Garrigan History, Family Crest & Coats of Arms

The Irish name Garrigan was originally written in a Gaelic form as Mag Oireachtaigh, which is derived from the word "oireachtach," referring to a member of an assembly. Translating the name into English produces no less than seventeen different synonyms. But the origin of the name is most intriguing. In the 12th century, the name was simply O Roduibh but a Oireachtach O Roduibh at that time caused the name to be shortened to Oireachtach, their present form.

Early Origins of the Garrigan family

The surname Garrigan was first found in counties Roscommon and Galway (Irish: Gaillimh) part of the province of Connacht, located on the west coast of the Island, where they were one of the Hi Maine Septs in Kelly's country. They were direct descendants of the O'Connors, Kings of Connacht, and the Chief of the Clann was one of the four royal chiefs under the O'Connor. The tree on the Coat of Arms illustrates their descendancy from the O'Connors.

Early History of the Garrigan family

This web page shows only a small excerpt of our Garrigan research. Another 78 words (6 lines of text) covering the years 1300, 1585, 1744 and 1598 are included under the topic Early Garrigan History in all our PDF Extended History products and printed products wherever possible.

Garrigan Spelling Variations

The recording of names in Ireland during the Middle Ages was an inconsistent endeavor at best. Since the general population did not know how to read or write, they could only specify how their names should be recorded orally. Research into the name Garrigan revealed spelling variations, including Gerrity, Gerty, Gerighty, Gerighaty, Gerety, Gerahty, Garraty, Geraty, Jerety, McGerity, MacGeraghty, MacGartie, MacGarty and many more.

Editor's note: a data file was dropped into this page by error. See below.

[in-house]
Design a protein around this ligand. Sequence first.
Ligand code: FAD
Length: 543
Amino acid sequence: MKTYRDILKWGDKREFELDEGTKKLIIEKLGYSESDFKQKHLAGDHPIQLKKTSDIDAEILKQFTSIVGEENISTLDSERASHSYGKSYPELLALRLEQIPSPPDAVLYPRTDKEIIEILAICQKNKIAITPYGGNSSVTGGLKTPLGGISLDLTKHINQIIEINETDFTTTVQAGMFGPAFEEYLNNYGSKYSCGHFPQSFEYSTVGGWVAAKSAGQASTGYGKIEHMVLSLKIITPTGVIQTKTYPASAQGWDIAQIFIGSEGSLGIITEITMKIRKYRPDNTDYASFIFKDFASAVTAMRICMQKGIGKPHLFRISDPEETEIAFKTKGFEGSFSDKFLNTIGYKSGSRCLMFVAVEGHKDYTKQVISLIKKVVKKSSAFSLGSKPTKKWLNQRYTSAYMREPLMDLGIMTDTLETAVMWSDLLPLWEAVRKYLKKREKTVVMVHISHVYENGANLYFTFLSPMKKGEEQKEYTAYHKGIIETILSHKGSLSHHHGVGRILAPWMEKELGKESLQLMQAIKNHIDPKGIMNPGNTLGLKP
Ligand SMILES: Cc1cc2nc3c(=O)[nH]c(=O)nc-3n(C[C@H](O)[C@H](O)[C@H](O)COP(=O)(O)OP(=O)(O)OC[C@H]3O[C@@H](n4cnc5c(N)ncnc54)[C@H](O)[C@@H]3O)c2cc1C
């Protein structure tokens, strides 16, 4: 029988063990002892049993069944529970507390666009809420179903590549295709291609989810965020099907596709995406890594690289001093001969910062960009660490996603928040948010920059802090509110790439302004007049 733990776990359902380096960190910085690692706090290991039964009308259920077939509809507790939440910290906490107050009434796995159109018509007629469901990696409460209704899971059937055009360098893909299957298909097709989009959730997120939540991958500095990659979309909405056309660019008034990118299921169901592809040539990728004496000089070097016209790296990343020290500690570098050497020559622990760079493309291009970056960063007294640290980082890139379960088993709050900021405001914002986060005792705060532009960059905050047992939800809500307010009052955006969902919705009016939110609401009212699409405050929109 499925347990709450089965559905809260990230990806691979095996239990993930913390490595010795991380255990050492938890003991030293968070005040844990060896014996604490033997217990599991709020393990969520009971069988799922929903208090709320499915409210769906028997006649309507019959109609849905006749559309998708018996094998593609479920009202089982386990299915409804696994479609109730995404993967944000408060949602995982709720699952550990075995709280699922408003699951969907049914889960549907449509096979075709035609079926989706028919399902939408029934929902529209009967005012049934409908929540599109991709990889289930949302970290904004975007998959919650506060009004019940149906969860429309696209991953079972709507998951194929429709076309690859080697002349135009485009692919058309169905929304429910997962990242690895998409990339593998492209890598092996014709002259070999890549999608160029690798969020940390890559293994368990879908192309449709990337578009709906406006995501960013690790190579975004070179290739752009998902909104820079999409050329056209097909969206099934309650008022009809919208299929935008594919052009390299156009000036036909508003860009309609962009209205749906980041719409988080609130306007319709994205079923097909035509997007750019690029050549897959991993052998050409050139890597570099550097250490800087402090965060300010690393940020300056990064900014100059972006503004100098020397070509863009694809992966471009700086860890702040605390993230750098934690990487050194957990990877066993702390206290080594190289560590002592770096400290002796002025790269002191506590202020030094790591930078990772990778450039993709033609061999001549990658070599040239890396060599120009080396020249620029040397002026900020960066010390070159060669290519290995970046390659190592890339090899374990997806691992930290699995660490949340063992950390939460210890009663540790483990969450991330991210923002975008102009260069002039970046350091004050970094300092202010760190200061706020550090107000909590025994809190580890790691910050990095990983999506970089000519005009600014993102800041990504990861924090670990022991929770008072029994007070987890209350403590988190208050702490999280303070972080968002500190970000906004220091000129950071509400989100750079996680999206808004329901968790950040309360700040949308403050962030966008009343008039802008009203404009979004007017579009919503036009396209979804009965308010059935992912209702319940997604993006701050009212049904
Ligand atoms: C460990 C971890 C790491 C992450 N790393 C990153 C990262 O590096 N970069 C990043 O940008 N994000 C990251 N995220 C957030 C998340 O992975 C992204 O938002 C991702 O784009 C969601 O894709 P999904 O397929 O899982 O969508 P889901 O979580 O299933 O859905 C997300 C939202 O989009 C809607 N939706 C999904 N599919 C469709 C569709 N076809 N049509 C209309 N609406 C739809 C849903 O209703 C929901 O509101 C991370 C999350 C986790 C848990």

Early Notables of the Garrigan family (pre 1700)

Another 29 words (2 lines of text) are included under the topic Early Garrigan Notables in all our PDF Extended History products and printed products wherever possible.


United States Garrigan migration to the United States +

Ireland became inhospitable for many native Irish families in the 19th centuries. Poverty, lack of opportunities, high rents, and discrimination forced thousands to leave the island for North America. The largest exodus of Irish settlers occurred with the Great Potato Famine of the late 1840s. For these immigrants the journey to British North America and the United States was long and dangerous and many did not live to see the shores of those new lands. Those who did make it were essential to the development of what would become two of the wealthiest and most powerful nations of the world. These Irish immigrants were not only important for peopling the new settlements and cities, they also provided the manpower needed for the many industrial and agricultural projects so essential to these growing nations. Immigration and passenger lists have documented the arrival of various people bearing the name Garrigan to North America:

Garrigan Settlers in United States in the 18th Century